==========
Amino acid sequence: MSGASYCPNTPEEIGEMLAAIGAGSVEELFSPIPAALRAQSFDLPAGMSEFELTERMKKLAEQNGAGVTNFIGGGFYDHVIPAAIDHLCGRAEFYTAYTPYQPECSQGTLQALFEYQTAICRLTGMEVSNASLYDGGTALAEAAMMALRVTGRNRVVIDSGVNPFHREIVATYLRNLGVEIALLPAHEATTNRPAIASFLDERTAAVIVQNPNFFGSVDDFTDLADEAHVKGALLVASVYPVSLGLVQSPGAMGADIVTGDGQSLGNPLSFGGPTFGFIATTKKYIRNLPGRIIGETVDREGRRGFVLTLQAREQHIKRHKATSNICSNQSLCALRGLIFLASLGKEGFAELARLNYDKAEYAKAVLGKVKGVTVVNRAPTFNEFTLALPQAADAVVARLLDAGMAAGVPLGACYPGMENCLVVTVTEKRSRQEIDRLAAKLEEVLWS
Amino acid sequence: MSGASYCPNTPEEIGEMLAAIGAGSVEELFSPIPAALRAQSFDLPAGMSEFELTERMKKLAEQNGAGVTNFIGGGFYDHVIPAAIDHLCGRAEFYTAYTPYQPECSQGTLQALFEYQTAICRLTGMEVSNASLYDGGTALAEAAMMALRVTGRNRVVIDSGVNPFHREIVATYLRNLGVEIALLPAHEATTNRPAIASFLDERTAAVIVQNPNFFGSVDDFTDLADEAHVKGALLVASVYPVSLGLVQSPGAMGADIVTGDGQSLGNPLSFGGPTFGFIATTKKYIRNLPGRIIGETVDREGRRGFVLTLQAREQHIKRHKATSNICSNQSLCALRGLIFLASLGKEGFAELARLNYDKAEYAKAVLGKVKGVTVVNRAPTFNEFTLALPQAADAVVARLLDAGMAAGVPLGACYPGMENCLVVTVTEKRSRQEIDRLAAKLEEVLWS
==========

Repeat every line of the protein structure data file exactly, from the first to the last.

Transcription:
Amino acid sequence: MSGASYCPNTPEEIGEMLAAIGAGSVEELFSPIPAALRAQSFDLPAGMSEFELTERMKKLAEQNGAGVTNFIGGGFYDHVIPAAIDHLCGRAEFYTAYTPYQPECSQGTLQALFEYQTAICRLTGMEVSNASLYDGGTALAEAAMMALRVTGRNRVVIDSGVNPFHREIVATYLRNLGVEIALLPAHEATTNRPAIASFLDERTAAVIVQNPNFFGSVDDFTDLADEAHVKGALLVASVYPVSLGLVQSPGAMGADIVTGDGQSLGNPLSFGGPTFGFIATTKKYIRNLPGRIIGETVDREGRRGFVLTLQAREQHIKRHKATSNICSNQSLCALRGLIFLASLGKEGFAELARLNYDKAEYAKAVLGKVKGVTVVNRAPTFNEFTLALPQAADAVVARLLDAGMAAGVPLGACYPGMENCLVVTVTEKRSRQEIDRLAAKLEEVLWS
Amino acid sequence: MSGASYCPNTPEEIGEMLAAIGAGSVEELFSPIPAALRAQSFDLPAGMSEFELTERMKKLAEQNGAGVTNFIGGGFYDHVIPAAIDHLCGRAEFYTAYTPYQPECSQGTLQALFEYQTAICRLTGMEVSNASLYDGGTALAEAAMMALRVTGRNRVVIDSGVNPFHREIVATYLRNLGVEIALLPAHEATTNRPAIASFLDERTAAVIVQNPNFFGSVDDFTDLADEAHVKGALLVASVYPVSLGLVQSPGAMGADIVTGDGQSLGNPLSFGGPTFGFIATTKKYIRNLPGRIIGETVDREGRRGFVLTLQAREQHIKRHKATSNICSNQSLCALRGLIFLASLGKEGFAELARLNYDKAEYAKAVLGKVKGVTVVNRAPTFNEFTLALPQAADAVVARLLDAGMAAGVPLGACYPGMENCLVVTVTEKRSRQEIDRLAAKLEEVLWS